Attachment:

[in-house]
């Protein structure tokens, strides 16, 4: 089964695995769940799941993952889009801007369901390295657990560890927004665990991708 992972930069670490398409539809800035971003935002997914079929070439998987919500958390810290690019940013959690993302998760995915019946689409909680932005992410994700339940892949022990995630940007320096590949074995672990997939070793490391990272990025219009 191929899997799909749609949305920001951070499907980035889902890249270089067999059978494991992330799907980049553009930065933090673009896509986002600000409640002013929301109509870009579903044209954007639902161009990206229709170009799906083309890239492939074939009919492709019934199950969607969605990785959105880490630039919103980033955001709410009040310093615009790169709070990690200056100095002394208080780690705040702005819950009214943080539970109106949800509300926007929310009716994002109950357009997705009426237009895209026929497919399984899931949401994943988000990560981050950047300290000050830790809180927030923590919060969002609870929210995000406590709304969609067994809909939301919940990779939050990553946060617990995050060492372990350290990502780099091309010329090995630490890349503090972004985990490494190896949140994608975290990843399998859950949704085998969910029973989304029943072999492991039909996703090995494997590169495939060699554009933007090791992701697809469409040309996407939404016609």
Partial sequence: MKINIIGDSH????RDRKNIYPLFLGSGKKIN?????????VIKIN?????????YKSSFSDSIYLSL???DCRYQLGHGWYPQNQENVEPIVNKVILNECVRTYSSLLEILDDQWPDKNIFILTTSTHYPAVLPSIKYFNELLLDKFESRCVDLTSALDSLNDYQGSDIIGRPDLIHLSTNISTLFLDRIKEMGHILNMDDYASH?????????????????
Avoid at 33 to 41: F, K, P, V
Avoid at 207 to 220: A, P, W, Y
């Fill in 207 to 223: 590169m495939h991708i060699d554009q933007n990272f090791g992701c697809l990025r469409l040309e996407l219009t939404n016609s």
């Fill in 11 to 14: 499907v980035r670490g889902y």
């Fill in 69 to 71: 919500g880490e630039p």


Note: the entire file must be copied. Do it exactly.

[in-house]
């Protein structure tokens, strides 16, 4: 089964695995769940799941993952889009801007369901390295657990560890927004665990991708 992972930069670490398409539809800035971003935002997914079929070439998987919500958390810290690019940013959690993302998760995915019946689409909680932005992410994700339940892949022990995630940007320096590949074995672990997939070793490391990272990025219009 191929899997799909749609949305920001951070499907980035889902890249270089067999059978494991992330799907980049553009930065933090673009896509986002600000409640002013929301109509870009579903044209954007639902161009990206229709170009799906083309890239492939074939009919492709019934199950969607969605990785959105880490630039919103980033955001709410009040310093615009790169709070990690200056100095002394208080780690705040702005819950009214943080539970109106949800509300926007929310009716994002109950357009997705009426237009895209026929497919399984899931949401994943988000990560981050950047300290000050830790809180927030923590919060969002609870929210995000406590709304969609067994809909939301919940990779939050990553946060617990995050060492372990350290990502780099091309010329090995630490890349503090972004985990490494190896949140994608975290990843399998859950949704085998969910029973989304029943072999492991039909996703090995494997590169495939060699554009933007090791992701697809469409040309996407939404016609």
Partial sequence: MKINIIGDSH????RDRKNIYPLFLGSGKKIN?????????VIKIN?????????YKSSFSDSIYLSL???DCRYQLGHGWYPQNQENVEPIVNKVILNECVRTYSSLLEILDDQWPDKNIFILTTSTHYPAVLPSIKYFNELLLDKFESRCVDLTSALDSLNDYQGSDIIGRPDLIHLSTNISTLFLDRIKEMGHILNMDDYASH?????????????????
Avoid at 33 to 41: F, K, P, V
Avoid at 207 to 220: A, P, W, Y
């Fill in 207 to 223: 590169m495939h991708i060699d554009q933007n990272f090791g992701c697809l990025r469409l040309e996407l219009t939404n016609s």
């Fill in 11 to 14: 499907v980035r670490g889902y």
């Fill in 69 to 71: 919500g880490e630039p």